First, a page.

A new study conducted by researchers at the University of British Columbia concludes that coffee’s ‘stimulant’ effect only works on lazy people. What happens is that caffeine does not raise one motivation level.

“Every day, millions of people use stimulants to wake up, stay alert and increase their productivity — from truckers driving all night to students cramming for exams.”

The study, published in Nature’s Neuropsychopharmacology, looked at the impacts of stimulants on rats. When given stimulants, the ‘slacker’ rats that typically avoided challenges worked significantly harder when given amphetamines, while ‘worker’ rats that typically embraced challenges were less motivated by caffeine.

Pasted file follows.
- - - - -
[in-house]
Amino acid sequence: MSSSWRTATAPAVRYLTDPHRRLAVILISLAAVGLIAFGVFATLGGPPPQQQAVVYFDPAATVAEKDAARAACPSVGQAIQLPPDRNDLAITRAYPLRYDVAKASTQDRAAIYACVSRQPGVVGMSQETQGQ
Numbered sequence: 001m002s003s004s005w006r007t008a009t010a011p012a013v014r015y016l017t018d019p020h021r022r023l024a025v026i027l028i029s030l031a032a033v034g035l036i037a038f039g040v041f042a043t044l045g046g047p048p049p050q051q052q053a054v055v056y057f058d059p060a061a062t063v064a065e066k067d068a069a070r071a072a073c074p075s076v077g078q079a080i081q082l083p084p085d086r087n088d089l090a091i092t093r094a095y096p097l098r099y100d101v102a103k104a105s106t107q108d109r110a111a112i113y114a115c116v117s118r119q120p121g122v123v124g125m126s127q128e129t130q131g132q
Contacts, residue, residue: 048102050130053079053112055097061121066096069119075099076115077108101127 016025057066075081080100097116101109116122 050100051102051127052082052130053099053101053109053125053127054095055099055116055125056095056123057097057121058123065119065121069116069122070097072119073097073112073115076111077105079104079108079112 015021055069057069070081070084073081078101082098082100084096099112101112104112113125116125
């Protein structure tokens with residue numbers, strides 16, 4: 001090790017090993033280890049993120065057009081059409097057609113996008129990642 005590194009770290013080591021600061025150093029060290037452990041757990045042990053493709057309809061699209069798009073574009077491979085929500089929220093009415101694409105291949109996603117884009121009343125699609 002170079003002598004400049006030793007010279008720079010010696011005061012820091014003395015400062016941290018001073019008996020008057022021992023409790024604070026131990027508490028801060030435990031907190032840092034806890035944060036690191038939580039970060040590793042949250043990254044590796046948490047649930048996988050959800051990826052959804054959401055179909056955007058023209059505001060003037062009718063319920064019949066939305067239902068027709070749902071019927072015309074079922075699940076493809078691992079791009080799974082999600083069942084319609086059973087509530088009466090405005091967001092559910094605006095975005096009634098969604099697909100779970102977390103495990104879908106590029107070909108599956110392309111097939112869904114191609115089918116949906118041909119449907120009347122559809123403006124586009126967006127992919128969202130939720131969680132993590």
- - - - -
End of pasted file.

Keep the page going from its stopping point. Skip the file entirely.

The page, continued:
“These findings suggest that some stimulants may actually have an opposite effect for people who naturally favor the difficult tasks of life that come with greater rewards,” said Jay Hosking, who led the study. “The study also suggest that the amount of mental attention people devote to achieving their goals may play a role in determining how stimulants affect them.”

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